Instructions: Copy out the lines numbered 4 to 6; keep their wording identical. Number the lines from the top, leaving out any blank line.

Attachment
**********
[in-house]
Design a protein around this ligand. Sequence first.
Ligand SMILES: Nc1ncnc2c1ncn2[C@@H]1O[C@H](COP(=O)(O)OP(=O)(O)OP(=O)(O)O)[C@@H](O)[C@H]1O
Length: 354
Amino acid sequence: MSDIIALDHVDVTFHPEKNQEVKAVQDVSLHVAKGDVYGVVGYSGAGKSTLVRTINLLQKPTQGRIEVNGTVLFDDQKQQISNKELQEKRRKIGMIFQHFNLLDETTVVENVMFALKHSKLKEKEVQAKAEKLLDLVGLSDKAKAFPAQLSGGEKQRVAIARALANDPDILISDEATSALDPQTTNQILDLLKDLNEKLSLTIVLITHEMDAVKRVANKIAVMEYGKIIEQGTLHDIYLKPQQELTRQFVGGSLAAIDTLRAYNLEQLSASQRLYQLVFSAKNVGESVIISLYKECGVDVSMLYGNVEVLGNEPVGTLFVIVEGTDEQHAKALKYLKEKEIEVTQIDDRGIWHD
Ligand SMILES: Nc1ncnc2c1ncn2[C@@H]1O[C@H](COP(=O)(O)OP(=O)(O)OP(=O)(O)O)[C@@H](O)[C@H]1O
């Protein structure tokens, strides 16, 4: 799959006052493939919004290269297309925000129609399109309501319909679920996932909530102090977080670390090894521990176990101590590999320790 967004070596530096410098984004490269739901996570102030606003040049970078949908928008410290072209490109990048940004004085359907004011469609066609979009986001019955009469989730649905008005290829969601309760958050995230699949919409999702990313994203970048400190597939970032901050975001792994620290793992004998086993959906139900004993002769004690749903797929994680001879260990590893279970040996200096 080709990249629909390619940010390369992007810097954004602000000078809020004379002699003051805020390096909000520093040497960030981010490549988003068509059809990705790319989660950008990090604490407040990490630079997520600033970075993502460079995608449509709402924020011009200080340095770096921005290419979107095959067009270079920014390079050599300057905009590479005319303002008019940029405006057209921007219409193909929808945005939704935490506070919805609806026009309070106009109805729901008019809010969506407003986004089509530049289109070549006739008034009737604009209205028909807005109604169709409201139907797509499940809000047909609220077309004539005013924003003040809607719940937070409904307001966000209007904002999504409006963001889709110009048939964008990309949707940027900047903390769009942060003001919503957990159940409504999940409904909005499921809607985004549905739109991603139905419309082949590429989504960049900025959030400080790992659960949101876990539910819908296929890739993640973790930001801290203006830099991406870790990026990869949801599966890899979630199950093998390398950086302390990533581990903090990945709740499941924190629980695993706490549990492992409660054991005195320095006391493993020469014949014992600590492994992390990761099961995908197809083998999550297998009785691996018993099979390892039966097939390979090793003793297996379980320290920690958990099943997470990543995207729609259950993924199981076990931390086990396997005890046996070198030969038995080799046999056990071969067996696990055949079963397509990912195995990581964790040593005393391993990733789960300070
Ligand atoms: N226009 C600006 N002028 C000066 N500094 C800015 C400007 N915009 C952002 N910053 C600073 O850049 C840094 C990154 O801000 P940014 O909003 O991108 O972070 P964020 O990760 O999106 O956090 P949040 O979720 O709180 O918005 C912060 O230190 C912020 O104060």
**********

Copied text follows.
Length: 354
Amino acid sequence: MSDIIALDHVDVTFHPEKNQEVKAVQDVSLHVAKGDVYGVVGYSGAGKSTLVRTINLLQKPTQGRIEVNGTVLFDDQKQQISNKELQEKRRKIGMIFQHFNLLDETTVVENVMFALKHSKLKEKEVQAKAEKLLDLVGLSDKAKAFPAQLSGGEKQRVAIARALANDPDILISDEATSALDPQTTNQILDLLKDLNEKLSLTIVLITHEMDAVKRVANKIAVMEYGKIIEQGTLHDIYLKPQQELTRQFVGGSLAAIDTLRAYNLEQLSASQRLYQLVFSAKNVGESVIISLYKECGVDVSMLYGNVEVLGNEPVGTLFVIVEGTDEQHAKALKYLKEKEIEVTQIDDRGIWHD
Ligand SMILES: Nc1ncnc2c1ncn2[C@@H]1O[C@H](COP(=O)(O)OP(=O)(O)OP(=O)(O)O)[C@@H](O)[C@H]1O